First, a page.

Dozens of sheep worth thousands of pounds stolen from North York Moors farm

Police are appealing for information and urging farmers to be vigilant, after dozens of sheep worth thousands of pounds were stolen from a North York Moors farm.

Tuesday, 29th September 2020, 4:11 pm
Updated Tuesday, 29th September 2020, 4:12 pm
Some of the stolen sheep.

Nearly 80 sheep belonging to a farm in Castleton went missing from open moorland sometime in the past few months.

The farmer has contacted neighbouring farms, but there is no sign of the sheep.

There were 41 ewes and 38 lambs, all of the distinctive Rough Fell breed.

Most have yellow tags bearing the number 127821.

They also have their left ear notched and two blue stripes across their back.

Anyone with information about the sheep – particularly if they are found in a different location or offered for sale – is asked to contact PC 829 Wayne Leith, by emailing [email protected], quoting reference number 12200165977.

Details of the stolen sheep have been circulated to auctioneers, Rural Watch groups and other police forces.

North Yorkshire Police’s specialist rural crime officers are urging farmers and residents in rural areas to be vigilant.

Speaking earlier this year, Insp Matt Hagen of North Yorkshire Police's Rural Taskforce said: “Farmers are doing their best to make a living and keep food on our tables in these difficult times – so having livestock stolen is the last thing they need.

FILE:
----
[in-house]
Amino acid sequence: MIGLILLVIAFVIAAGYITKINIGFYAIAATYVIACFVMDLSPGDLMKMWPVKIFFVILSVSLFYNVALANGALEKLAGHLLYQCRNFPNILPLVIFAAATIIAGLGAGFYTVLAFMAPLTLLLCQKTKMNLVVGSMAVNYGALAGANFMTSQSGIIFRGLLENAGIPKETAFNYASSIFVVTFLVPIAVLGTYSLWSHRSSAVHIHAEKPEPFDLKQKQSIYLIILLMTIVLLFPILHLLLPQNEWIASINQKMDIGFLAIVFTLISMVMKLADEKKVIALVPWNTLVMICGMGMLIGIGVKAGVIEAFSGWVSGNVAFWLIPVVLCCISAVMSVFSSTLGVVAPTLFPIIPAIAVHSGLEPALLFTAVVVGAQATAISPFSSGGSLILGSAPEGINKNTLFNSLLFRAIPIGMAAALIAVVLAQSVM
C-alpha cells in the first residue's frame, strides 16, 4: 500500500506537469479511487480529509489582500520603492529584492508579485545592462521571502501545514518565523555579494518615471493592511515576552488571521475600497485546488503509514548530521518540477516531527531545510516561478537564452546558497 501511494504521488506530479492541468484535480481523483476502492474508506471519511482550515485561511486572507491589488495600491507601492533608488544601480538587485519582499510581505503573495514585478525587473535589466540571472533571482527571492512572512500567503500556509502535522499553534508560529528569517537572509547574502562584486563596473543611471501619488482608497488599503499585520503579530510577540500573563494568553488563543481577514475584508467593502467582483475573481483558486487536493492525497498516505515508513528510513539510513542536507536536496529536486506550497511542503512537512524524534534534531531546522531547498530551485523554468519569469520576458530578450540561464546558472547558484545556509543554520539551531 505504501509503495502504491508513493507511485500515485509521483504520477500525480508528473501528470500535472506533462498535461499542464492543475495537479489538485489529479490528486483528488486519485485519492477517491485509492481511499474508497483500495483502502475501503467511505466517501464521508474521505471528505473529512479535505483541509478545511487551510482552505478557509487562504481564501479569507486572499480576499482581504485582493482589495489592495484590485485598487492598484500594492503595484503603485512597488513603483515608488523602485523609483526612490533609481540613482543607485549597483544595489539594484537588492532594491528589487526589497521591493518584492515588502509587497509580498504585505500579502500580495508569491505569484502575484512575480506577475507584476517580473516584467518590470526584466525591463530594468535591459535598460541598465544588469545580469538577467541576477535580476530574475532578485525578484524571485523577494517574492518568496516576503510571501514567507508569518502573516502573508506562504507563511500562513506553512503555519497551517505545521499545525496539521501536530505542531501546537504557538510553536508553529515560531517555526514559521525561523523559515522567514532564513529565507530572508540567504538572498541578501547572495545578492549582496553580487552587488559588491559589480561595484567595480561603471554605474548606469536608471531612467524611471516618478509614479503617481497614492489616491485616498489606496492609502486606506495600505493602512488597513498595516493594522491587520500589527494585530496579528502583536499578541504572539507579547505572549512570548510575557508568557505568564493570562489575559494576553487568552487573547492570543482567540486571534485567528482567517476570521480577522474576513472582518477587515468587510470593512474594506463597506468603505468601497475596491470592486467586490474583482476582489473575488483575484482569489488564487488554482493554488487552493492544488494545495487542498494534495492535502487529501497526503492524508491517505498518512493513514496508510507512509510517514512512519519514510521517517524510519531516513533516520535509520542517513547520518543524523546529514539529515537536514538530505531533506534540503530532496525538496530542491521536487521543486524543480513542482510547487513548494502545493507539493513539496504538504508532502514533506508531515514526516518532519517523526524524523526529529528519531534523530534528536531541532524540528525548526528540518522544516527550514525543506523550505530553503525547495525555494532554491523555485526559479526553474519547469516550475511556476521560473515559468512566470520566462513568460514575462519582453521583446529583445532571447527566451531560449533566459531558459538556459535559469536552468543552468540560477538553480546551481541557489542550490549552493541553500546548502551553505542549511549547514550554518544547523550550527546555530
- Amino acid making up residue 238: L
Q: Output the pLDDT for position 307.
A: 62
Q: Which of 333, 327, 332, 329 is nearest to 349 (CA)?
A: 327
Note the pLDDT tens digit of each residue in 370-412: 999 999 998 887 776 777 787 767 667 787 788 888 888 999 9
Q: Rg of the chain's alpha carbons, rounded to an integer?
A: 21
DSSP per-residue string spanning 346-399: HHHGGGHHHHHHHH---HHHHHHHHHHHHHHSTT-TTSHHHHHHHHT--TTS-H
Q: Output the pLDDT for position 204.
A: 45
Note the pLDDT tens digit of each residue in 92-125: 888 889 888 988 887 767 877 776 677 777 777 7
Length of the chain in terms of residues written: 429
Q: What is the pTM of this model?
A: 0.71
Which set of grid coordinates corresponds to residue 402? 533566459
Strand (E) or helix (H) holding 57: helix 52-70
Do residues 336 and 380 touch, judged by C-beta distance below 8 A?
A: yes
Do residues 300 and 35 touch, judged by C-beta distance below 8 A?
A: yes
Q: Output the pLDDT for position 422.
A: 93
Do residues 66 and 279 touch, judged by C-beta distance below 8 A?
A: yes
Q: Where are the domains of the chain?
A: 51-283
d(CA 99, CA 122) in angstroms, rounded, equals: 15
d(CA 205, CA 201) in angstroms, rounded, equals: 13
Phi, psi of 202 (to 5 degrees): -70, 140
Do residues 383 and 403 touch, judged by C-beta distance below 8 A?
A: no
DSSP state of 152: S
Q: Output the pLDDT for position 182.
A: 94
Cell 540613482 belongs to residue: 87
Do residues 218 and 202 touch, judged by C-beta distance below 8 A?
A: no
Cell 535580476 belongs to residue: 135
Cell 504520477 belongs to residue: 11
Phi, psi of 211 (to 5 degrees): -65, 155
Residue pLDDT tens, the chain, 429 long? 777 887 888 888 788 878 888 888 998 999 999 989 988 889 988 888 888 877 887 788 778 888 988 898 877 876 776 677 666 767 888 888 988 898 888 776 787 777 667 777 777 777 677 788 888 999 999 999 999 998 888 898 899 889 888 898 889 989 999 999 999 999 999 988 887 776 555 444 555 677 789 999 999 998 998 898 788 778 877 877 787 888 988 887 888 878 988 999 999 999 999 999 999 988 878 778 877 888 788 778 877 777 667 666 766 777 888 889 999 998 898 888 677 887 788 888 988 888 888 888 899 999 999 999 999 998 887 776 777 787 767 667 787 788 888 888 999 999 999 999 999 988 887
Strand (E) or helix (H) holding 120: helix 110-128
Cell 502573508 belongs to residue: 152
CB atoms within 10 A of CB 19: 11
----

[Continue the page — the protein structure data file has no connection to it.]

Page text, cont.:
“Livestock theft can be devastating for farmers and their businesses, as well as causing unnecessary suffering to animals.

"If you think you have been a victim, or you have any information about who is committing these crimes, please call us.

"We take all reports extremely seriously as we work to keep these criminals away from North Yorkshire’s farms.”

Officers are offering crime prevention advice to North Yorkshire farmers, urging people to report suspicious activity in the countryside, and are keeping up regular patrols in rural areas.

Farmers in North Yorkshire are encouraged to:

• ensure your stock is clearly marked, and records are kept up-to-date,

• consider investing in a high-tech marking system,

• where possible, graze livestock in fields away from roads,

• check stock regularly – and vary feeding and check-up times,

• join a Rural Watch scheme to share information about rural crime in your area,

• report any suspicious activity to North Yorkshire Police, via 101, and ask neighbours to do the same,

• dial 999 immediately if a crime is in progress – do not approach the suspects yourself.

If a crime is in progress, or someone suspected of a crime is nearby, call 999.

If you don't need an emergency response, call 101.

A message from the editor

Thank you for reading this story on our website. While I have your attention, I also have an important request to make of you.

In order for us to continue to provide high quality and trusted local news on this free-to-read site, I am asking you to also please purchase a copy of our newspaper.

Our journalists are highly trained and our content is independently regulated by IPSO to some of the highest standards in the world.

The dramatic events of 2020 are having a major impact on many of our local valued advertisers and consequently the advertising that we receive.

We are now more reliant than ever on you helping us to provide you with news by buying a copy of our newspaper.

Thank you,

Jean MacQuarrie, Editor-in-Chief